The Borgias

The Borgias

1981 - United Kingdom

'The name of The Borgias' wrote Henry Fenwick, in a 1982 issue of the Radio Times, 'probably brings no more than a hazy image of violent crimes, subtle poisons, power, corruption, incest, (and) has, in the foreground, a beautiful, sinister and dangerous woman -Lucrezia Borgia. The archetypal poisoner, the wicked woman. That was the image Mark Shivas confesses drew him to the subject of the Borgia family' and was the inspiration for a lavish ten-part BBC costume drama starring Italian actor Adolfo Celi as Rodrigo Borgia, father of seven illegitimate offspring, the most famous of whom were his son Cesare Borgia (the basis of Machiavelli's ‘The Prince’) and daughter Lucrezia.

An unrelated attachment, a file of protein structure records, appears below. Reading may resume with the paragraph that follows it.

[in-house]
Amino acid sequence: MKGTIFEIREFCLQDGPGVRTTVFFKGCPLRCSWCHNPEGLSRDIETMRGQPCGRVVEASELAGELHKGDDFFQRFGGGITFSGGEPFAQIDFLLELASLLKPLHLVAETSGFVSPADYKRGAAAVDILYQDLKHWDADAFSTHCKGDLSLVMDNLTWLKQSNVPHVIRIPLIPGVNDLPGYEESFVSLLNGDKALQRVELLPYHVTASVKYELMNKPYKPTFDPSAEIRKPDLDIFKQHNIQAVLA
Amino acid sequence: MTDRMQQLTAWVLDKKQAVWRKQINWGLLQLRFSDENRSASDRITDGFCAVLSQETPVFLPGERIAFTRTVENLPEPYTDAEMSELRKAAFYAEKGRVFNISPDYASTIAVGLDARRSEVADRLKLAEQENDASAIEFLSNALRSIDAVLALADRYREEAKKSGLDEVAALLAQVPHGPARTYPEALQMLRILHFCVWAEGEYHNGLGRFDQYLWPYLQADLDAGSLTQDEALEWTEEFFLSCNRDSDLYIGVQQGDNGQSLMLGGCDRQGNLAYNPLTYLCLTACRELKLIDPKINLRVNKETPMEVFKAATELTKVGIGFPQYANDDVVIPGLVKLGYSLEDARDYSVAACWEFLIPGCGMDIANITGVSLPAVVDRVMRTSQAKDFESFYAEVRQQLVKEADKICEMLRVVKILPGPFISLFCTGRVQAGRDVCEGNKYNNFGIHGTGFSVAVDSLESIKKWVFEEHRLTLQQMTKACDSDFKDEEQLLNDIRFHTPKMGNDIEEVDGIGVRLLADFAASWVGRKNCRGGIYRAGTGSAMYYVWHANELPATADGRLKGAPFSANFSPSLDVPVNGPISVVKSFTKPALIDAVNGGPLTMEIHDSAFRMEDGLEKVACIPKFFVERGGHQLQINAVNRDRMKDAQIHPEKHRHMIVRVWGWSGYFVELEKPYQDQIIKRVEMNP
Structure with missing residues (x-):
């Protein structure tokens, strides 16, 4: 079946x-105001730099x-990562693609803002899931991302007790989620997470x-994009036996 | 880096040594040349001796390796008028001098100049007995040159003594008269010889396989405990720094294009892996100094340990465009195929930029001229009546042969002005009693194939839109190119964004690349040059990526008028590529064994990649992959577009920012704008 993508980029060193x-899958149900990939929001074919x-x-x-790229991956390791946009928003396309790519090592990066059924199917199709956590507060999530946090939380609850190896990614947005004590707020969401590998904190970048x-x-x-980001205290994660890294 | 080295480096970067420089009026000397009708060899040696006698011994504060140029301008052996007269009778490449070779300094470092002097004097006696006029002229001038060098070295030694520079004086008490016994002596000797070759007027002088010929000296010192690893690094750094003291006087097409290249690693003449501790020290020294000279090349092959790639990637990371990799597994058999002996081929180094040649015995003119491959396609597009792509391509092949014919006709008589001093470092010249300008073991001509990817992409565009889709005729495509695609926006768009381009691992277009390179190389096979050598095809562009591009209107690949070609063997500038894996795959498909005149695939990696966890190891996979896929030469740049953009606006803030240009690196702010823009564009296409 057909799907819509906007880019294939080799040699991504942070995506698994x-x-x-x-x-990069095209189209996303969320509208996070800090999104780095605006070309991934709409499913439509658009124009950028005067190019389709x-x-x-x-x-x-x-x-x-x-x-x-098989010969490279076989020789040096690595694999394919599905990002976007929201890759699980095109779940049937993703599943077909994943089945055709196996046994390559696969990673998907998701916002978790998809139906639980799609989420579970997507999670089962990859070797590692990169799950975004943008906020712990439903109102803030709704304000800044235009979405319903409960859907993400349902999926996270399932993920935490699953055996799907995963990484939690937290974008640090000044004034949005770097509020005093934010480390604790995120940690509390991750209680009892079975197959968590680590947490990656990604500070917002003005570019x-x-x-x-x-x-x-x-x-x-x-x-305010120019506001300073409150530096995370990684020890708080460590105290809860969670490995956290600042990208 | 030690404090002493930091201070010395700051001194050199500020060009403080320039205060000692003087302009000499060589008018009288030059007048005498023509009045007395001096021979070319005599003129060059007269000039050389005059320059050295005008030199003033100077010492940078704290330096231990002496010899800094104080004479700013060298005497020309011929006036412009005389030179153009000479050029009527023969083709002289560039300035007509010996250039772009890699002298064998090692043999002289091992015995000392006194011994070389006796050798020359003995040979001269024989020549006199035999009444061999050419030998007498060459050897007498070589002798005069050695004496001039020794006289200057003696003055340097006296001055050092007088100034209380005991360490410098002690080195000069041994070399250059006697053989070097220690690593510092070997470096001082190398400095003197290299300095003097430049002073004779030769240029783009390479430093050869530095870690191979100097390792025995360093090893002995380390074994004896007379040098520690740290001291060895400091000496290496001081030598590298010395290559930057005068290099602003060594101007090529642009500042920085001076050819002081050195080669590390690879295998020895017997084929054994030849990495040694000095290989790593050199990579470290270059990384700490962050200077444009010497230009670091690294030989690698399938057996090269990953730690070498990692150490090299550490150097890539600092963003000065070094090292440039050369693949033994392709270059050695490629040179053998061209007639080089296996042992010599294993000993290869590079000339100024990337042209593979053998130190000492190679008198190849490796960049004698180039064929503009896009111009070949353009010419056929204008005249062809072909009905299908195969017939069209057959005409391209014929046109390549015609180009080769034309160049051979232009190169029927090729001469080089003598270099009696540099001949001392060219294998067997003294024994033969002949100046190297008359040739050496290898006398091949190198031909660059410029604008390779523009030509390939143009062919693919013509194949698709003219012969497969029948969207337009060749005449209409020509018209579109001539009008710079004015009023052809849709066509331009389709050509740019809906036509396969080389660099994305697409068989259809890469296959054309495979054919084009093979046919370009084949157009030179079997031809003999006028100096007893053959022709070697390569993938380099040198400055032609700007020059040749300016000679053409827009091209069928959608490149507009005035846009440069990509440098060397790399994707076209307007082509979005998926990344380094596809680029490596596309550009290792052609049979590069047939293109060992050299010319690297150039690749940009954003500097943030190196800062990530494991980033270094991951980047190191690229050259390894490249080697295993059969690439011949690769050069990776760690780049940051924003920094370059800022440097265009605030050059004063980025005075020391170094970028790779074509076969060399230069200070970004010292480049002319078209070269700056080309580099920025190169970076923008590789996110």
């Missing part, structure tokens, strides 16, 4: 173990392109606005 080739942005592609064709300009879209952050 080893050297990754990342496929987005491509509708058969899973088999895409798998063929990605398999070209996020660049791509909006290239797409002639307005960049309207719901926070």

The facts surrounding the Borgias have always been clouded by rumour, propaganda and abuse although many feel that history has not been altogether completely accurate or particularly kind to them partly perhaps because they were Spanish and in a position of importance in Italy. Rodrigo had become Vice-chancellor of the Church at the age of 28, appointed by his uncle, Pope Calixtus III. Nepotistic appointments of this type were characteristic of the age and the position made him an extremely wealthy man. On the death of Pope Innocent VIII there were three candidates for the holy seat and while there was never substantive proof of simony (the ecclesiastical crime of paying for offices or positions in the hierarchy of a church), the rumour was that Rodrigo Borgia succeeded in buying the largest number of votes. Nevertheless, he was elected and assumed the name of Alexander VI.